then where does it come from?
Why won’t the inside of my head stop
screaming as I choke on my own baby teeth?

Systemic sexual violence emerges through these classic dream images; the teeth are only an entry point, a mechanism for speech, a rationalization of the underlying horror. This new stratum informs the lower, showing how we conceptualize that which is beyond thinking.

In “Every Room Whispers Itself Into Your Ear,” we find a diorama of Nietzschian good and evil. It begins,

In this diorama, an intermediary exists in between
the good and the bad, but it’s hard to tell the difference
and sometimes the forces combine.

The dividing line between moral and immoral actions necessarily blurs in the face of modern and systemic violence. Instead, they are merely the dictates of culture and state. A later piece, “I’ll Eat You,” shows this production perfectly:

In this diorama, the most likable agent of power
turns bad. The good/bad hybrid appears
to be urgently walking in circles
surrounded by long red curtains.
This is a staged concert
that never ends.

Of course, Twin Peaks references also abound here. The theater of war is perpetual and which agents appear on the side of moral good hardly matters. Again, all of this sits perfectly with current global conflicts.

What Cook does exceedingly well is show how language itself is at the core of this process of intertwining layers of violence. In “Invaded Cores,” we get yet another diorama,

In this diorama, Bob is cut into pieces,
repositions itself inside different damaged brains.

While bobbing for apples, she screams
at what lies underneath the core.
Her flickering power lines will bleed into the void.

Some will see the red apples as ball gags inside her mouth.
Some will see the red apples as representations of Hell.
Some will say Hell does not exist. The apple is an underground
             planetary lair.

Bob is first a noun, a person dissected—and, not by coincidence, also an evil spirit out of Twin Peaks—then the word becomes a verb as the subject dives under the surface. Words like “core” and “bleed” explode with ambiguity. Finally, we interrogate the scene from an external perspective and unravel a multiplicity of meanings and hidden reality behind the curtain of previous images. The poems of Your Mouth is Moving Backwards are ceaseless in their symbolic excavation, constantly diving below the surface.

Juliet Cook Author pic (Headshot)
Juliet Cook

If anything, these pieces over-index on bodily horror, relying too heavily on the grotesque to get their point across. When every poem has a disembodied limb floating in its lines, we get used to its presence. I’m not well-steeped in horror cinema, though I do love everything from David Lynch, with a special affection for Twin Peaks. Although a familiarity with the genre isn’t necessary, some of the thrill of reading this chapbook arises from recognizing particular references. I wonder if someone truly unfamiliar would get as much enjoyment out of the reading.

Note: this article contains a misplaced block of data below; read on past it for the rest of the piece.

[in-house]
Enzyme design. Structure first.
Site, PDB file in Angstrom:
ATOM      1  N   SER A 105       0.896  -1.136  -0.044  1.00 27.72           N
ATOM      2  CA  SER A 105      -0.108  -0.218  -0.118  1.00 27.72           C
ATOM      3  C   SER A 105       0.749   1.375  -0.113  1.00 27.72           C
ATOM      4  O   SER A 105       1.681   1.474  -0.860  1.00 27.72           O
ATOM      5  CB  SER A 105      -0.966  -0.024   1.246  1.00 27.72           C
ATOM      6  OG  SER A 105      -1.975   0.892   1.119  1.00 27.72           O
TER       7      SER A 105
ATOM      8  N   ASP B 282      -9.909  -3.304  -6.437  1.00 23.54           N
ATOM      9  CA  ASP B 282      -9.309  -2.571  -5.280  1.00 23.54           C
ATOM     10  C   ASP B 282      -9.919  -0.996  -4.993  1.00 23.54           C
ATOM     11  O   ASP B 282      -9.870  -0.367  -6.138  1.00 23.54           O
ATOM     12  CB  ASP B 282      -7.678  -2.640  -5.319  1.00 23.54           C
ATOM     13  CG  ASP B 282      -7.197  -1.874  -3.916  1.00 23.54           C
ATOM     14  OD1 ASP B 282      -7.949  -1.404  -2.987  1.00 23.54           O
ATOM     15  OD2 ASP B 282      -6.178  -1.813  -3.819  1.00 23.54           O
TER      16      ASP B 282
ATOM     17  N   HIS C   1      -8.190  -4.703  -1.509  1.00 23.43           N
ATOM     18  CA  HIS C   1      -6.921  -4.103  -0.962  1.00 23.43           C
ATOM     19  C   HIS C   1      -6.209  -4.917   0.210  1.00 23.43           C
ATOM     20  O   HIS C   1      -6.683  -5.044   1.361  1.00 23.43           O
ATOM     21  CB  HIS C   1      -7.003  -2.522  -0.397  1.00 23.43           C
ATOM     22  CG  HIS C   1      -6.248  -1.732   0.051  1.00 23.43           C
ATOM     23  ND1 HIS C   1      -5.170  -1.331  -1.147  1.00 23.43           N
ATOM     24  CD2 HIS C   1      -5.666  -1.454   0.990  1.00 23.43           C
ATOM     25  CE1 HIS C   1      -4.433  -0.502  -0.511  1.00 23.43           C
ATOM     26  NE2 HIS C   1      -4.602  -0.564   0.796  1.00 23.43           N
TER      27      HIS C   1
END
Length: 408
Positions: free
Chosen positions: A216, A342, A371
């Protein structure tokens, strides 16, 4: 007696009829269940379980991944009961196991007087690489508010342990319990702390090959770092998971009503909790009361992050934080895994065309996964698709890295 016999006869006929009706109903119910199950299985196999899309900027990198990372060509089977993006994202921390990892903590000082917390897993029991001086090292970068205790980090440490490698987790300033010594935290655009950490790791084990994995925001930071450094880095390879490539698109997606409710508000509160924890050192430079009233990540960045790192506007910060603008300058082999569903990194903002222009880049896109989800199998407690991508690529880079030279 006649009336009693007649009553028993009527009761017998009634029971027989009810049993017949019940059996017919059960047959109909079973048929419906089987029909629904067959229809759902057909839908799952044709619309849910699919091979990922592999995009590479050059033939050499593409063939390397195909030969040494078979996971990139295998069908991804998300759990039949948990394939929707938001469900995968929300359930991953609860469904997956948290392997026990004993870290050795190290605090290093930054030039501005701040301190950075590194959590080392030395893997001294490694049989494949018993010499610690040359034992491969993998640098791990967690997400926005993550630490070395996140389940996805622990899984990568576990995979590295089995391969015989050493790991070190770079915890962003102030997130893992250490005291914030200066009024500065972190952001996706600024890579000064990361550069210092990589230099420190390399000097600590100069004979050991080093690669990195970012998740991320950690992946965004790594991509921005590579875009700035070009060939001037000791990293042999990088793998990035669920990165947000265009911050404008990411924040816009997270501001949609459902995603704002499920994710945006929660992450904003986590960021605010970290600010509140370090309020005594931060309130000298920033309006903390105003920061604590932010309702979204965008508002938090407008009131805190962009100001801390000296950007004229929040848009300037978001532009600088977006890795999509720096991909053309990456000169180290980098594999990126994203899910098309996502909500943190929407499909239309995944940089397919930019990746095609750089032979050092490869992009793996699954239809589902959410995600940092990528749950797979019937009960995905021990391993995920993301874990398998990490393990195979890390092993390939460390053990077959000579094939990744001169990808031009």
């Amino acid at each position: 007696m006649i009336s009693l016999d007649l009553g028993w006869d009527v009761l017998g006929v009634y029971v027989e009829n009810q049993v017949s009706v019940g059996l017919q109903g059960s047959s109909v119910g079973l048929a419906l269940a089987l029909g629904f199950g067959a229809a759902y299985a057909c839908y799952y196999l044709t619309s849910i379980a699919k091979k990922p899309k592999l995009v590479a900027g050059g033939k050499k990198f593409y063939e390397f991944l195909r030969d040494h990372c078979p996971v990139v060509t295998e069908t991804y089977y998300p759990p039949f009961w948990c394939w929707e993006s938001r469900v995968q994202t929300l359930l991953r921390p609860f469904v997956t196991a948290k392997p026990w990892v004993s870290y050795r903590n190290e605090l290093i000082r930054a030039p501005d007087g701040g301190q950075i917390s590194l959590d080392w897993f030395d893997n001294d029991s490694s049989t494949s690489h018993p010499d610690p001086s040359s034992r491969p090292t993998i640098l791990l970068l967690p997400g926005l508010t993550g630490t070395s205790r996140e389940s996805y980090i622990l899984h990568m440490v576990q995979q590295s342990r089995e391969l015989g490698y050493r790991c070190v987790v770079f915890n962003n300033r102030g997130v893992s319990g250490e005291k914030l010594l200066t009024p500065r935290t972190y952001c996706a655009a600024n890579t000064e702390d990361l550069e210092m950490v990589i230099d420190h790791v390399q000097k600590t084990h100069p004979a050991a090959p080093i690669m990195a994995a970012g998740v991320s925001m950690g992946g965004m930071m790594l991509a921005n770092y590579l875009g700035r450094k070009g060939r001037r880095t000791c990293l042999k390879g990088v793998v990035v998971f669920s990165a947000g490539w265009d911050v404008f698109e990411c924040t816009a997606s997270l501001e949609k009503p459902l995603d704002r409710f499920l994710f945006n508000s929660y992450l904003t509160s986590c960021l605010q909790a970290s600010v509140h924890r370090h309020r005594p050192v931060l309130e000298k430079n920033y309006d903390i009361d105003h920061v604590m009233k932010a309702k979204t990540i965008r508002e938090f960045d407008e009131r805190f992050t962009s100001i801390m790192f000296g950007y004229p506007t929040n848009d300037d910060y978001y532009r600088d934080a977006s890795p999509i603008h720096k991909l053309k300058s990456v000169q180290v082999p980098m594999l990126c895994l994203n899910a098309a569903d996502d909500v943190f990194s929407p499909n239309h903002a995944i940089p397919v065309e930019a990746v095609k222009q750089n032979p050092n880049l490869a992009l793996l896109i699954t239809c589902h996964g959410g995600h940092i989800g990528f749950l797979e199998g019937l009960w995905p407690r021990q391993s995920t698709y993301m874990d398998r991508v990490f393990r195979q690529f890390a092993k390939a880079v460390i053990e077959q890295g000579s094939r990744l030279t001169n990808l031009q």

A book is always unique. As a physical object, it occupies a paradoxical position as a temporal and corruptible entity while remaining atemporal and incorporeal as the idea itself. A hand-bound chapbook, particularly one as meticulously crafted and innovative as one from Ethel Press, plays into this dynamic. It replicates the personal and impersonal paradoxes of violence and archetypal images that abound in Cook’s poems. I received the book in a quaint brown mailer and cut it free like a literary cesarean in the wavering light of a menorah. The cover’s disembodied mouth and layers of facial abstraction stared up at me from a blood-red page as if ready to cry out. And as I read, food and candle wax inhabited the pages as readily as the poet’s words. The book became my own, just as its violence became my own. Every aspect of this book reflects its subject. Your Mouth is Moving Backwards is a thorough and fun examination of the grotesque made exquisite by its handbound form.

Ethel Press Website

Author Bio

Mike Bagwell is a writer and software engineer in Philly. He received an MFA from Sarah Lawrence and his work appears or is forthcoming in ITERANT, Heavy Feather Review, trampset, Halfway Down the Stairs, HADBodegaWhiskey Island, and others, some kindly nominating him for a Pushcart. He is the author of the chapbooks A Collision of Soul in Midair (Bottlecap Press 2023), Or Else They Are Trees, and a micro When We Look at Things We Steal Their Color and Grow Heavy Under Their Weight (Rinky Dink Press 2024). See more at

Front Page header (Volume 1 Issue 1: Jan-Feb 2024)


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Violence of Craft: Your Mouth is Moving Backwards by Juliet Cook

Contributor Mike Bagwell explores and reviews poet Juliet Cook’s new chapbook from Ethel Press, Your Mouth is Moving Backwards.